Ahead of Its Time, Behind the Curve: Why Evernote Failed to Realize Its Potential

This is a great read, listing all the steps Evernote took to lead it to where it currently is situated. I loved Evernote in the beginning and used it for some years, and then I encountered a bug that showed about a quarter of my notes as empty. I immediately left for DEVONthink and haven’t looked back. I did eventually sign into Evernote again about a year later and found that the notes content were visible again, so I quickly used the DEVONthink Evernote import tool and imported all the notes, I’ve not signed in or been tempted to use Evernote since.

Evernote had the promise to be such a great product, and I think it could have achieved it. Unfortunately, they branched out to multiple different areas to quickly and stopped concentrating on the main product. The Mac app became so buggy I remember numerous people flocking to Apple Notes. At that point Evernote started to become more of a joke than anything, then of course Work, Chat, Socks, and other ridiculous popups started and Evernote lost most if not all credibility with power users and even a lot of regular users.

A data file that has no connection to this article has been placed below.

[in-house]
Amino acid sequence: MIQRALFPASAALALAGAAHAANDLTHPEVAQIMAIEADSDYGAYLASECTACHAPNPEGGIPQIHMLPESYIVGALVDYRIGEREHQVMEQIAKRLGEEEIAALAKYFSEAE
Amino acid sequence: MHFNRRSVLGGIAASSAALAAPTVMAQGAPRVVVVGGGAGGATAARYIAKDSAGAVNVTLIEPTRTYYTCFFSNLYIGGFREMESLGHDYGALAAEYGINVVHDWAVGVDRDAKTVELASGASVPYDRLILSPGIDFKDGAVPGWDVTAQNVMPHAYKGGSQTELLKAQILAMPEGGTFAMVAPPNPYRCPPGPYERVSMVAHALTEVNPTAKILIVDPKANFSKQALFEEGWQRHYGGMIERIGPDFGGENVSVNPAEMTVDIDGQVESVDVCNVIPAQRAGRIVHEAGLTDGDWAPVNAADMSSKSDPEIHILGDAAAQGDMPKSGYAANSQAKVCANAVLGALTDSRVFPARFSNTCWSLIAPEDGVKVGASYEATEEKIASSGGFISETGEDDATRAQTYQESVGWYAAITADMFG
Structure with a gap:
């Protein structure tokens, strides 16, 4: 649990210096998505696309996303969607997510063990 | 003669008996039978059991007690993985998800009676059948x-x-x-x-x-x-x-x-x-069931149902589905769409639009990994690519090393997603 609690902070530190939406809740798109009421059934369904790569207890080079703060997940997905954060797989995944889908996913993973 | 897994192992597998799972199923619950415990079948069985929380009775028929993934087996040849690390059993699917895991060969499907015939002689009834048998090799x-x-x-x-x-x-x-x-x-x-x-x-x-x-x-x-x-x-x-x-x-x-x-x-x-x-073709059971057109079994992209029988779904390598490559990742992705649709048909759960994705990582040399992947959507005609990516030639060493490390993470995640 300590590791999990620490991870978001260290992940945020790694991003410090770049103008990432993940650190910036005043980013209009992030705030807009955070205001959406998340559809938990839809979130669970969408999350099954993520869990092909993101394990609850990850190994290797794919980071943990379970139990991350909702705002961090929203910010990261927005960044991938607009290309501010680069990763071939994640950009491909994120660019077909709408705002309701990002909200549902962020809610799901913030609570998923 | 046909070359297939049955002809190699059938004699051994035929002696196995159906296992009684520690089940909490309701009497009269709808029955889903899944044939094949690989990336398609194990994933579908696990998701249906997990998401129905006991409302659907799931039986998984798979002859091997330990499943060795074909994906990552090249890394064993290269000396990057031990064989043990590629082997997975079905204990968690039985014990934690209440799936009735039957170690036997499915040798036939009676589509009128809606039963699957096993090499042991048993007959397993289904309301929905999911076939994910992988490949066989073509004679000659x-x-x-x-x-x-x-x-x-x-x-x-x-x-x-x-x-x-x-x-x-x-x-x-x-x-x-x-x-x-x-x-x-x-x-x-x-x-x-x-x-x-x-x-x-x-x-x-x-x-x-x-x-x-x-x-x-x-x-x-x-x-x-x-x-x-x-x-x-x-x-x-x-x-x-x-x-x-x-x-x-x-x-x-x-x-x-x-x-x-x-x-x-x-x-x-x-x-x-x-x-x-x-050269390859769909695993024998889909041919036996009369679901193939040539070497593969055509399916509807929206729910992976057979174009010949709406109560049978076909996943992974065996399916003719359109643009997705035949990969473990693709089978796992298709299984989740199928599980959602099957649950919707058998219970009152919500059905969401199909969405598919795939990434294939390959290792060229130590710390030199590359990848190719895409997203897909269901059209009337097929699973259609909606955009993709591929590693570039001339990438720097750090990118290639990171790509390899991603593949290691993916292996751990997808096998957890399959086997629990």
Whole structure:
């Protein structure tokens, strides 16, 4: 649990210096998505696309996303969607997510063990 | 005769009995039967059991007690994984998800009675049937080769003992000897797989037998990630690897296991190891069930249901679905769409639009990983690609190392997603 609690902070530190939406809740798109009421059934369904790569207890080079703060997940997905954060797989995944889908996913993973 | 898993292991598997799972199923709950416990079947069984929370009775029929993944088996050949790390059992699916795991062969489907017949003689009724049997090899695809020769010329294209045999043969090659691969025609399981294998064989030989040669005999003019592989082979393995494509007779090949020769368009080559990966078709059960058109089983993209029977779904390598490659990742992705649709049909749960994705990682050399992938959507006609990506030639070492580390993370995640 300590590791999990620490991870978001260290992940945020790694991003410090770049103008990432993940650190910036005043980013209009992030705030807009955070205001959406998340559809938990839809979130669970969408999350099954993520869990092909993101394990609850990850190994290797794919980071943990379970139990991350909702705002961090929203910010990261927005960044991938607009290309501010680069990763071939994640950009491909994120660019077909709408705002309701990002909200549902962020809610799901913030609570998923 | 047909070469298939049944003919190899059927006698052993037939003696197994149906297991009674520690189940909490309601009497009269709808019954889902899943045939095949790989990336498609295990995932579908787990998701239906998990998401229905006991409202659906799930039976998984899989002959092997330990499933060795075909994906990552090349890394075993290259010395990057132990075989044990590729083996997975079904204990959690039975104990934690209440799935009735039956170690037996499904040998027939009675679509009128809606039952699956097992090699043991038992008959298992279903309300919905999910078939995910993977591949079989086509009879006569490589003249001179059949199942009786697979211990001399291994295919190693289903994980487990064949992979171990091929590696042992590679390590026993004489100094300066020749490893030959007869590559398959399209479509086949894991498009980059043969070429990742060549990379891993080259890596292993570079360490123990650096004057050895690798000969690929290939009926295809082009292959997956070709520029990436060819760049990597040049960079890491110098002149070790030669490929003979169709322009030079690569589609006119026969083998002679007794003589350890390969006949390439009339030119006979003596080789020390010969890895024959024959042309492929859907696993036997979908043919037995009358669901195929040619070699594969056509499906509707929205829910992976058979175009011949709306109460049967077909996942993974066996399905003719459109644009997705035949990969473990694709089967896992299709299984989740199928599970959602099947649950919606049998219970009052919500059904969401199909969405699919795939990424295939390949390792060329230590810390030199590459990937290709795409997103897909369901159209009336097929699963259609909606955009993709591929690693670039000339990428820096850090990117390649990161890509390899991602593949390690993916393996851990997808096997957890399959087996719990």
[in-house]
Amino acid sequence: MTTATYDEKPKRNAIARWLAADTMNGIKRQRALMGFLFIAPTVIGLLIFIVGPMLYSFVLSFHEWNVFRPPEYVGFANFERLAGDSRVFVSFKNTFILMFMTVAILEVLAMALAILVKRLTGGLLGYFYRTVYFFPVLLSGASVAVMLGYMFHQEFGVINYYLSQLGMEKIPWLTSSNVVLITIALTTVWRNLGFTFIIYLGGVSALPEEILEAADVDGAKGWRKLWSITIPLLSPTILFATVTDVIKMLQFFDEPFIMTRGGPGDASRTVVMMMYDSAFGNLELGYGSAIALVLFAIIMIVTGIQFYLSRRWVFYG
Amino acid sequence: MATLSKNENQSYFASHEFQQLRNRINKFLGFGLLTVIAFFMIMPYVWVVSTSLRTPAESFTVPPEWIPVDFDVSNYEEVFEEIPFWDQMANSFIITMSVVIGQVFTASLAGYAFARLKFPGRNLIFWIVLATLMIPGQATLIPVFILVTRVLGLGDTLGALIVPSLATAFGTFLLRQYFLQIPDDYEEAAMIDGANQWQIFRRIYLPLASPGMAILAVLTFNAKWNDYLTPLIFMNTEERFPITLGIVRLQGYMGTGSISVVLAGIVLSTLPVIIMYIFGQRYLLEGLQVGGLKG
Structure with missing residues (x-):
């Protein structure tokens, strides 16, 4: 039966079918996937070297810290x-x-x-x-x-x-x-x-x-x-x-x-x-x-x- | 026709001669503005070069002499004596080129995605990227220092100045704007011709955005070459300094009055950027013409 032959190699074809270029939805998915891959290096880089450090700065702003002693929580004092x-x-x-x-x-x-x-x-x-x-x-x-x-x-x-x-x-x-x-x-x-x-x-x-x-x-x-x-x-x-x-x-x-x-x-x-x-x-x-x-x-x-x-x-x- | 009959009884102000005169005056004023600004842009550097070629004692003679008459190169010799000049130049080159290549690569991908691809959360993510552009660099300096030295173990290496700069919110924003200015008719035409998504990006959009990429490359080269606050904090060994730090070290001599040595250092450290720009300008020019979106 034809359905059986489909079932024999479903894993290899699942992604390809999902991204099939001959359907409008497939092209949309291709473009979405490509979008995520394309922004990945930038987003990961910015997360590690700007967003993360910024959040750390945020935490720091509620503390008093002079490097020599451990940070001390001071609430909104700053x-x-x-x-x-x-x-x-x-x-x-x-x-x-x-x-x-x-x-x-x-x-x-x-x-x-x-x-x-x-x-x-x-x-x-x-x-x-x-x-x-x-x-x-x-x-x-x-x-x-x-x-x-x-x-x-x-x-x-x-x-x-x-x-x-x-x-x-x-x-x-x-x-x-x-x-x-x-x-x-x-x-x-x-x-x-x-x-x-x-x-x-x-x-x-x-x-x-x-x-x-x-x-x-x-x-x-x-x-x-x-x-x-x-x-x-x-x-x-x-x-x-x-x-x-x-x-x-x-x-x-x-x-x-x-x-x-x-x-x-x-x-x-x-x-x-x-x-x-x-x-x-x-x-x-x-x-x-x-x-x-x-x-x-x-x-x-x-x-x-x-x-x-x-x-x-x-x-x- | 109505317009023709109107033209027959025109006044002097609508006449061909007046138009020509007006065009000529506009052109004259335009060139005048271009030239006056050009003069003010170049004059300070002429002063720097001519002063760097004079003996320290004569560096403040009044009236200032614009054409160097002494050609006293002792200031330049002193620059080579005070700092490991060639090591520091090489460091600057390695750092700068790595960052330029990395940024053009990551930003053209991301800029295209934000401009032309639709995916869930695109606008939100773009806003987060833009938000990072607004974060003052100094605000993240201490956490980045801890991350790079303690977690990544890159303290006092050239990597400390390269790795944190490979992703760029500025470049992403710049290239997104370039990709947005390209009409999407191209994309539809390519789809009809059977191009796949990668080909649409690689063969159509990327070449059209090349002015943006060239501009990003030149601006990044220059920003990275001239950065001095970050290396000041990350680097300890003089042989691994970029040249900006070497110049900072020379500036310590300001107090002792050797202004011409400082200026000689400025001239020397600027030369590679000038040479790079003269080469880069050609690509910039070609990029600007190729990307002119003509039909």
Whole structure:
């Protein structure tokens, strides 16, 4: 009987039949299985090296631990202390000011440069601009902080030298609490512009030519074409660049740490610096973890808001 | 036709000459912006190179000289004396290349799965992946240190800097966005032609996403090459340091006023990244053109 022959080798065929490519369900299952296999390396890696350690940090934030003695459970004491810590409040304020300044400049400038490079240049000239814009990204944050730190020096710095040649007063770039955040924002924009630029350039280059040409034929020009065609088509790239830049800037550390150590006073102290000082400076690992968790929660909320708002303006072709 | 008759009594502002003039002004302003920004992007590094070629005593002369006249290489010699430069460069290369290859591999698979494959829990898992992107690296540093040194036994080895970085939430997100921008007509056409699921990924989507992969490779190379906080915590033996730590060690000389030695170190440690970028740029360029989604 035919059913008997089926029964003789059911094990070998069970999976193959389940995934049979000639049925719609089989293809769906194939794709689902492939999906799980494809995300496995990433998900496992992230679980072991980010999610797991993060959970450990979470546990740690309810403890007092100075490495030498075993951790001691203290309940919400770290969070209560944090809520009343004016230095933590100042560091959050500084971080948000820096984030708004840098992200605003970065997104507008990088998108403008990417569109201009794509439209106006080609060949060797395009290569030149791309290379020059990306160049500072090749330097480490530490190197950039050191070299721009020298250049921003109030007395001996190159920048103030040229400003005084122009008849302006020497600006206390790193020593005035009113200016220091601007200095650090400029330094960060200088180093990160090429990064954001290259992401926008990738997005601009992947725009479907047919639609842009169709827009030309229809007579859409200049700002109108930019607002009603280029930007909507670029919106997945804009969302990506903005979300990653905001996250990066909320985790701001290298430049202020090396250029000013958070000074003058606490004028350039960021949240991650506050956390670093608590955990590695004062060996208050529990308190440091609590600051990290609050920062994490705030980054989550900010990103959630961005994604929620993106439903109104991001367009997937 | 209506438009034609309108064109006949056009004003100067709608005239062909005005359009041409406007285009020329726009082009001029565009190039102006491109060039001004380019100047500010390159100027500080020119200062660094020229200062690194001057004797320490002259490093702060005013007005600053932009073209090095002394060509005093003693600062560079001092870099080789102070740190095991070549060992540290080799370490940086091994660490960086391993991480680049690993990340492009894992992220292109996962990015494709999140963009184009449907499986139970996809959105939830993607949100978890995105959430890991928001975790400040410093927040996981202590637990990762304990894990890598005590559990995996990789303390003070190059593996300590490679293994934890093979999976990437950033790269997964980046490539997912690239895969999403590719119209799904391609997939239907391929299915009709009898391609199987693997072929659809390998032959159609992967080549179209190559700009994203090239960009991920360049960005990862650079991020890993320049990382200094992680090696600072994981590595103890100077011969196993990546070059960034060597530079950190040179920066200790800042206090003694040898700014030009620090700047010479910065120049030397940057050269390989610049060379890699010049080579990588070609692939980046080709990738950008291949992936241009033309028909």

Even if Evernote had become the power product that was first envisioned for itself, at this point I still would have left it. Currently, I like hosting my content and making sure I have control over everything I do and use. DEVONthink can be purely hosted by myself via Sync Stores through WebDav on my Synology, although I use iCloud for syncing. But if iCloud went away tomorrow, I can switch to Dropbox, or WebDAV and host it myself on my Synology or a VPS that I control.

For most people, if Evernote had continued on the path of improving the main functionality and keeping resources behind it, I believe they would currently have many loyal users. Who knows where Evernote would be today if they had continued their progress from the late 2000s and early 2010s, but I think now is an excellent time for Evernote to quietly devote time and resources into fixing the issues they have, then build upon that success and maybe it will once again be a service to which people flock.